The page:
Kikikose jeudi 19/10
John Tooker, Penn State University
Unforeseen trophic interactions in agricultural and natural systems influence herbivore populations
12h45 amphi P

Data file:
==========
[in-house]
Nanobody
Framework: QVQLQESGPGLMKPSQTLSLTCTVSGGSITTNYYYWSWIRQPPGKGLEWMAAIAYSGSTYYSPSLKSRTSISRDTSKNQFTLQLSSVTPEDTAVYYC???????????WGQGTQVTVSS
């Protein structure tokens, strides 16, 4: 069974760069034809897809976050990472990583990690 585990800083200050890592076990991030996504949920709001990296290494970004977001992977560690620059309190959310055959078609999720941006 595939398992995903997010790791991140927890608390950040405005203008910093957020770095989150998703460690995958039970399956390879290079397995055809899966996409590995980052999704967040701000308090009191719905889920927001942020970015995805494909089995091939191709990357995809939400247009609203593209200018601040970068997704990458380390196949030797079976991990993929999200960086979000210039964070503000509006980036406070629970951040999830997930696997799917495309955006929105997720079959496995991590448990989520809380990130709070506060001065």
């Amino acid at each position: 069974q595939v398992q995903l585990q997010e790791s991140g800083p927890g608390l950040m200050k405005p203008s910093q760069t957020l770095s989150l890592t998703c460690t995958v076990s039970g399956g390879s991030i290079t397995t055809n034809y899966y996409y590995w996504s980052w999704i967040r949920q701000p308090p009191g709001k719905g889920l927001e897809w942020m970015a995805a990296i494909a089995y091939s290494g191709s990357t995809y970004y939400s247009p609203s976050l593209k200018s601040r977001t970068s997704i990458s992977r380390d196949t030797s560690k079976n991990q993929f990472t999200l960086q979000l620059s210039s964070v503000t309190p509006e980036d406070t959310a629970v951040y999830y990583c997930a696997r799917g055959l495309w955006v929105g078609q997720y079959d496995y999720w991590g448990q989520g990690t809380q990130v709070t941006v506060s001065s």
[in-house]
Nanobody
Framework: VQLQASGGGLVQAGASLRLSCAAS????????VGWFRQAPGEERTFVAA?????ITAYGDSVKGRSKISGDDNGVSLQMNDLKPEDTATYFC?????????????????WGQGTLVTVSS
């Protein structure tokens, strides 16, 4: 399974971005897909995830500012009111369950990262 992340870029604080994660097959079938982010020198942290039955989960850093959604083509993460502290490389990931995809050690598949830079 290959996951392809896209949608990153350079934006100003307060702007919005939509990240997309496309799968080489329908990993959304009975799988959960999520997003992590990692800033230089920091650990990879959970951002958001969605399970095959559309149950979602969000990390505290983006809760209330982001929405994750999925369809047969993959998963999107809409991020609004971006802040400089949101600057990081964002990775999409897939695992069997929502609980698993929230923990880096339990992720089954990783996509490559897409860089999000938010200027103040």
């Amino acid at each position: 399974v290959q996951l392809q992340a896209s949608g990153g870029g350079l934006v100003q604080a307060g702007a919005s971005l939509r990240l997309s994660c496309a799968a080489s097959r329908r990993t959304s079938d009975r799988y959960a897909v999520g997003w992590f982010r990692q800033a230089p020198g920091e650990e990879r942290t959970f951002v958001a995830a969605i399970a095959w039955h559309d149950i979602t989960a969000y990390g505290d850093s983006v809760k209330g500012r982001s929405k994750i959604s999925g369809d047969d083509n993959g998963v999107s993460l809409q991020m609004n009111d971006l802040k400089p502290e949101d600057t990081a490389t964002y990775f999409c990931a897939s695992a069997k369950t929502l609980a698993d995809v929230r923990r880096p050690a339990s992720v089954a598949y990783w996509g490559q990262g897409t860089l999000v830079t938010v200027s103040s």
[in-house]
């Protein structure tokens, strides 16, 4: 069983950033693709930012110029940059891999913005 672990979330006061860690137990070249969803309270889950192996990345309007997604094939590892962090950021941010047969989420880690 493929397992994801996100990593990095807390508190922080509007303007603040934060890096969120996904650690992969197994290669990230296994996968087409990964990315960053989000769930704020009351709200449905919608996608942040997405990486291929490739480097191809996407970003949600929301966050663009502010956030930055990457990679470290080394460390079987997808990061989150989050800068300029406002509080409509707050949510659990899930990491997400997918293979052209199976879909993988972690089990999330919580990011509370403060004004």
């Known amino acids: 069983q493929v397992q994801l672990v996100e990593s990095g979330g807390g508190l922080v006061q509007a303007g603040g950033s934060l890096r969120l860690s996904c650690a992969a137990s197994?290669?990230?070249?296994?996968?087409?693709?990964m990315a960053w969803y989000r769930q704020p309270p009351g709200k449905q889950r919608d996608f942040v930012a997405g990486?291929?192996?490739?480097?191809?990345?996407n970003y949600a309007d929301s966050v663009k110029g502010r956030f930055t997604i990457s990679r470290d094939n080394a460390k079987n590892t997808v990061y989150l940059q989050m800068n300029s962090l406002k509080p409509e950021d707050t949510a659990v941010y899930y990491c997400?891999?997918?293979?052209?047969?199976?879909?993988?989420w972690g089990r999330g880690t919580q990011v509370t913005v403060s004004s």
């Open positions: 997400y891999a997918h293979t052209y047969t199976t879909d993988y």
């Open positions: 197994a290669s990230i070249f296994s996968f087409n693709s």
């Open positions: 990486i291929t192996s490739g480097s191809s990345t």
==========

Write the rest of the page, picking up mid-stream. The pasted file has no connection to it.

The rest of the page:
Top-down and bottom-up effects are well known regulators of herbivore populations. Our recent research has revealed some unexpected strengths of both types of effects, one in field crops and the other with the goldenrod Solidago altissima, that have made us better appreciate the subtleties of these interactions. In no-till corn and soybean fields in Mid-Atlantic States of the U.S., slugs are challenging pests for farmers, but carabid beetles can help provide biological control. Unfortunately, our recent research has found that ubiquitous neonicotinoid seed treatments can disrupt this predator-mediated control. Our follow-up work has revealed the extent of adoption neonicotinoid seed treatments and the generality of their effects on natural enemies. In the goldenrod system, we have found that S. altissima can detect and respond to the volatile emission of its co-evolved gall-inducing herbivore; more recently we have determined that this response can be triggered by only the dominant compound in the emission. This perception of an animal-derived cue and up-regulation of plant defenses has unexpectedly strong community-wide effects that help structure the insect community on plants exposed to the odor.